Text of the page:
c. Via Nazionale. ROME. J. TV. and E. Hills. 165
the forms; 8. Sabina, wife of Hadrian. — Left Cabinet. *2. Head
of a Dying Persian, of the first Pergamenian school; 3. Ideal Head of
a woman; *4. Statue with delicate drapery, perhaps Charis, goddess
of grace; *5. Statue of Apollo, copy of an original of the early Phid-
ian period; 6. Statue of Athena, with lingering traces of the archaic
style; 7. Archaic Greek Portrait Head of a Woman; 8. Hellenistic
Poet with an ivy-wreath (so-called Seneca). — Right Cabinet. 2,
5, 7, 8, 9, 11. Priestesses of Vesta, portraits found in the Atrium
Vestae (p. 251), all with hair dressed in the same way; *No. 7.
(half-figure) is the best.
We now return to the S. Corridor. On the floor lie several frag¬
ments of fine *Ornamental Reliefs from the enclosing wall of the
Ara Pads, set up by Augustus in B.C. 9. It stood on the site of the
present Palazzo Fiano (p. 190), in the Corso, and other fragments
of it are preserved at the Vatican, the Villa Medici, the Uffizi at
Florence, and the Louvre.
In the Garden in the centre is a collection of architectural and
sculptured fragments, including numerous boundary-stones dating
from the Tiber regulation-works of Augustus, Trajan, and other
emperors. Round the fountain in the middle are seven colossal
heads of animals from a fountain found near Trajan's Forum. The
cypresses are said to have been planted by Michael Angelo.
In the middle of the Piazza delle Terme (PL I, 27), opposite
the entrance to Santa Maria degli Angeli (p. 160), is a Fountain, fed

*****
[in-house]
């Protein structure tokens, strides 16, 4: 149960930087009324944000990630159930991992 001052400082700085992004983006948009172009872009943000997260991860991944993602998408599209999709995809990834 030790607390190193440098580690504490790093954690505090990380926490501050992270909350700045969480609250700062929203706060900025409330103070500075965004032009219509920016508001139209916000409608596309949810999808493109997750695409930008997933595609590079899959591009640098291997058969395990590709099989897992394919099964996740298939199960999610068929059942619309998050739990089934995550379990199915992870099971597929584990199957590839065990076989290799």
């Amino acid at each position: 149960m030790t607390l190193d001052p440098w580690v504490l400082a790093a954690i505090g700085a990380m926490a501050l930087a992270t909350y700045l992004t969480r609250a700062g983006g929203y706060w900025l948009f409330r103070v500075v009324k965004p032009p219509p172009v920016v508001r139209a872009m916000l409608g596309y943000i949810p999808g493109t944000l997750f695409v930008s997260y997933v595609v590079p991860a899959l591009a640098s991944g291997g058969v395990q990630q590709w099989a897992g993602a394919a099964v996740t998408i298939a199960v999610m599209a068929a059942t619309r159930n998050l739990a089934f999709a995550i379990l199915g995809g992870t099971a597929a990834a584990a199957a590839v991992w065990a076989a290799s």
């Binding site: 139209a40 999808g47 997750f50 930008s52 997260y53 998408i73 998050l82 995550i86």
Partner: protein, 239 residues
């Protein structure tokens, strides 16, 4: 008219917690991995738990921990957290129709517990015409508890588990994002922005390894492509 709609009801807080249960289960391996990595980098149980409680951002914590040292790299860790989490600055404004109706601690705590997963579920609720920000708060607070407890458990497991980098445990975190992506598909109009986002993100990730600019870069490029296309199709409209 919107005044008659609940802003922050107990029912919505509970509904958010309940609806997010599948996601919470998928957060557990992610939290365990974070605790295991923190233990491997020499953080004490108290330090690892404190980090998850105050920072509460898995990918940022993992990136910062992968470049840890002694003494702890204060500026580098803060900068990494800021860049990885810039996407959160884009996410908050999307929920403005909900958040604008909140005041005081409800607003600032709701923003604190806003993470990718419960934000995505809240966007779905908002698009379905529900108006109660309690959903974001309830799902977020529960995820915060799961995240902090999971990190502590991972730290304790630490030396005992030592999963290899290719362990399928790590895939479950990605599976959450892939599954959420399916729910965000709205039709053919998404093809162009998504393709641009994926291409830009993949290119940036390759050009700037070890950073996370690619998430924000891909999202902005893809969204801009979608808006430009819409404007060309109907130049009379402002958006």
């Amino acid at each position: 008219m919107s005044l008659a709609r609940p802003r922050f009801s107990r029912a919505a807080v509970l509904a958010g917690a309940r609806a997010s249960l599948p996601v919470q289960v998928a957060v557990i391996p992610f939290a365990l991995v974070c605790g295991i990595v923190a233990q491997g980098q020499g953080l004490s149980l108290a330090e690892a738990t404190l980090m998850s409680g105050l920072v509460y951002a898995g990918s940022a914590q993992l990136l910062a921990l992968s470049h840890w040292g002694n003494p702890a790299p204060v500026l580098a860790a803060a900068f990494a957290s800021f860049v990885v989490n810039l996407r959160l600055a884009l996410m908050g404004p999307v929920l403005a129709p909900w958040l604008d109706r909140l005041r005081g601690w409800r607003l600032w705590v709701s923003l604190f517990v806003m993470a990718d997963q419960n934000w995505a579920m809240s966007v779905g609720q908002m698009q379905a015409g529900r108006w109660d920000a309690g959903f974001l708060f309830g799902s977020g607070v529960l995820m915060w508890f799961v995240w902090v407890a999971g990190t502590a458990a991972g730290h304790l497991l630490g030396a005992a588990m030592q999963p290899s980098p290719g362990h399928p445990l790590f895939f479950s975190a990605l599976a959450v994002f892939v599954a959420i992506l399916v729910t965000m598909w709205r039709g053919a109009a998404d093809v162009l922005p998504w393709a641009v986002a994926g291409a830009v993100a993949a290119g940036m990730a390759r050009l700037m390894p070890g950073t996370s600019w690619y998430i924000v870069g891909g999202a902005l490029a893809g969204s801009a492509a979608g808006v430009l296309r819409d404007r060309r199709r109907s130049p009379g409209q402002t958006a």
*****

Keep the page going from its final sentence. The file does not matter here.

by the Aqua Marcia (p. 376), which sends up a copious and lofty jet
especially conspicuous at night, when the piazza is lighted by elec¬
tricity. — To the N. is the Grand Hotel, beyond which, at the corner of
the Via Venti Settembre, is the Fontanone dell' Acqua Felice (p. 158).
Opposite the entrance of the church of Santa Maria degli Angeli
(p. 160), and intersecting the 'exedra' (p. 159) of the Thermae, runs
the broad Via Nazionalb (PL I, 27; II, 24, 20), begun after 1870,
now one of the busiest streets of the city, and during the season
as thronged with passengers and vehicles as the Corso itself (tram¬
ways, Nos. 6 & 7, p. 1 of the Appendix). — On the right the Via
Torino leads to San Bernardo (p. 167).
In the Via Nazionale, to the left, stands the Hotel Quirinale and
(farther on) the American Episcopal Church of St. Paul, a Gothic
structure built by Street in 1879, with chimes and a mosaic in the
apse by Sir Edward Burne-Jones. The most important intersecting
thoroughfare is formed by the Via Quattro Fontane and the Via Agos¬
tino Depretis, the former leading on the right to the Pal. Barberini
(p. 156), the latter to the left to Santa Maria Maggiore (p. 172).
To the left in the Via Nazionale, at the end of the Via Genova,
is a fountain by Dom. Fontana, formerly in the Villa Massimi. —
To the right is the small church of San Vitale, founded in the 5th
cent, under Innocent V., on a site considerably lower than the new